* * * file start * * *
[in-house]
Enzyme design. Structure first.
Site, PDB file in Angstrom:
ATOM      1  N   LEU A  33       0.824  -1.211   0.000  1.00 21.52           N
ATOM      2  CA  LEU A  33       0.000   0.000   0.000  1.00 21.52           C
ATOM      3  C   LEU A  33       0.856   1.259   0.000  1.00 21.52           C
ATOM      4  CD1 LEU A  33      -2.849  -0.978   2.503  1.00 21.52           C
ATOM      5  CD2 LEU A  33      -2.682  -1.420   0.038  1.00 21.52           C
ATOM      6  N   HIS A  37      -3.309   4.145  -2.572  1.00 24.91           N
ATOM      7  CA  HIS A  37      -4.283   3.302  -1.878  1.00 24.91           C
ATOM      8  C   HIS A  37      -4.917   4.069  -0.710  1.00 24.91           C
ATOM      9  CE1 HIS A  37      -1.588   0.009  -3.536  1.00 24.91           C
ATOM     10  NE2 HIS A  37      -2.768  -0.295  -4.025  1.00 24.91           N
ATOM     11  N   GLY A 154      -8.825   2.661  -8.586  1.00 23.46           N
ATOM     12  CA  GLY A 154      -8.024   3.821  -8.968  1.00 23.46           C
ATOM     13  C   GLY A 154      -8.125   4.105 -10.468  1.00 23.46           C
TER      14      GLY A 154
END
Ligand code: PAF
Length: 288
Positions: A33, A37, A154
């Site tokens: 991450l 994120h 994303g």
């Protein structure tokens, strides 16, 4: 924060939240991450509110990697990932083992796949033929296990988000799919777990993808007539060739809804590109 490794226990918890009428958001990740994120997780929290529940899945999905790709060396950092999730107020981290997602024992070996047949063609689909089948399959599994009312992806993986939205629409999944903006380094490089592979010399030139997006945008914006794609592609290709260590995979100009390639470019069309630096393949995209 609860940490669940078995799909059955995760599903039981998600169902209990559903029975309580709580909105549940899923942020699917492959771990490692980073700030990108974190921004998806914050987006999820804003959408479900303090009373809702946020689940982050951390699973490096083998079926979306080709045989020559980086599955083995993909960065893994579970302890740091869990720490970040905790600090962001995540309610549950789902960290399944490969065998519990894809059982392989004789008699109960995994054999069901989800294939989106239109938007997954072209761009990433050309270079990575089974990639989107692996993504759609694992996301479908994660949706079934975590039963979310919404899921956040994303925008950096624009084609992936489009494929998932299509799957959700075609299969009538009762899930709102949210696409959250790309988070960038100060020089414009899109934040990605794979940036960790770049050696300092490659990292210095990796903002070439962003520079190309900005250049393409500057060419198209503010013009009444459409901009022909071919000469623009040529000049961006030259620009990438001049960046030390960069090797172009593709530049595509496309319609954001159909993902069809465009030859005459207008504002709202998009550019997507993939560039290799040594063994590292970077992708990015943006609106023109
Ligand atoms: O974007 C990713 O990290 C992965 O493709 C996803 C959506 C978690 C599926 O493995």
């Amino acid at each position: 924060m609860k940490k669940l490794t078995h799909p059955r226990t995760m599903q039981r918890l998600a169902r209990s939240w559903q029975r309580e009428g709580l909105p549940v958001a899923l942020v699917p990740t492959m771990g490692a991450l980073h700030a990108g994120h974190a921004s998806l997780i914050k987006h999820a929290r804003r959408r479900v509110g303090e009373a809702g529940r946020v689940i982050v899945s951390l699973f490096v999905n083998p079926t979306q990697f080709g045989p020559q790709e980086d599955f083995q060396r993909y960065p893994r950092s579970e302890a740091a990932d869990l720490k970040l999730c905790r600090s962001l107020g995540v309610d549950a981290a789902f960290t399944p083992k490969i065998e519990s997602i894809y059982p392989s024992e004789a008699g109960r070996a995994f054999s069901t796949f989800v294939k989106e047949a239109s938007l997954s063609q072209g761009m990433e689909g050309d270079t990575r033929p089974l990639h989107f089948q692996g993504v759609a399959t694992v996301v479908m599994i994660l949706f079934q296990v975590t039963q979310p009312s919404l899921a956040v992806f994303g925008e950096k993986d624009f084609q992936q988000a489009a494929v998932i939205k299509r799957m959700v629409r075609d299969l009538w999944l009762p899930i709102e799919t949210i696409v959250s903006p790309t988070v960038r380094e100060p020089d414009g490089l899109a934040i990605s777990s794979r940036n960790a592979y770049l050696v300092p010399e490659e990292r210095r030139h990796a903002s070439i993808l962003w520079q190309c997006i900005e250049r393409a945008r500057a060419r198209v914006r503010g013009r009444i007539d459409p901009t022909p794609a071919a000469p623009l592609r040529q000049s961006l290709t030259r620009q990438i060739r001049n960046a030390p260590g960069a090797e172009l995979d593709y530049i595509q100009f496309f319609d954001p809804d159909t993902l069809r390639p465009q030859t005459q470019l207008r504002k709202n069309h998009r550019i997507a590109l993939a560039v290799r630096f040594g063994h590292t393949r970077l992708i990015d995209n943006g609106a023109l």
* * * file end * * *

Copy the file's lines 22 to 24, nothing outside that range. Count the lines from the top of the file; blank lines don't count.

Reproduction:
């Site tokens: 991450l 994120h 994303g």
């Protein structure tokens, strides 16, 4: 924060939240991450509110990697990932083992796949033929296990988000799919777990993808007539060739809804590109 490794226990918890009428958001990740994120997780929290529940899945999905790709060396950092999730107020981290997602024992070996047949063609689909089948399959599994009312992806993986939205629409999944903006380094490089592979010399030139997006945008914006794609592609290709260590995979100009390639470019069309630096393949995209 609860940490669940078995799909059955995760599903039981998600169902209990559903029975309580709580909105549940899923942020699917492959771990490692980073700030990108974190921004998806914050987006999820804003959408479900303090009373809702946020689940982050951390699973490096083998079926979306080709045989020559980086599955083995993909960065893994579970302890740091869990720490970040905790600090962001995540309610549950789902960290399944490969065998519990894809059982392989004789008699109960995994054999069901989800294939989106239109938007997954072209761009990433050309270079990575089974990639989107692996993504759609694992996301479908994660949706079934975590039963979310919404899921956040994303925008950096624009084609992936489009494929998932299509799957959700075609299969009538009762899930709102949210696409959250790309988070960038100060020089414009899109934040990605794979940036960790770049050696300092490659990292210095990796903002070439962003520079190309900005250049393409500057060419198209503010013009009444459409901009022909071919000469623009040529000049961006030259620009990438001049960046030390960069090797172009593709530049595509496309319609954001159909993902069809465009030859005459207008504002709202998009550019997507993939560039290799040594063994590292970077992708990015943006609106023109
Ligand atoms: O974007 C990713 O990290 C992965 O493709 C996803 C959506 C978690 C599926 O493995």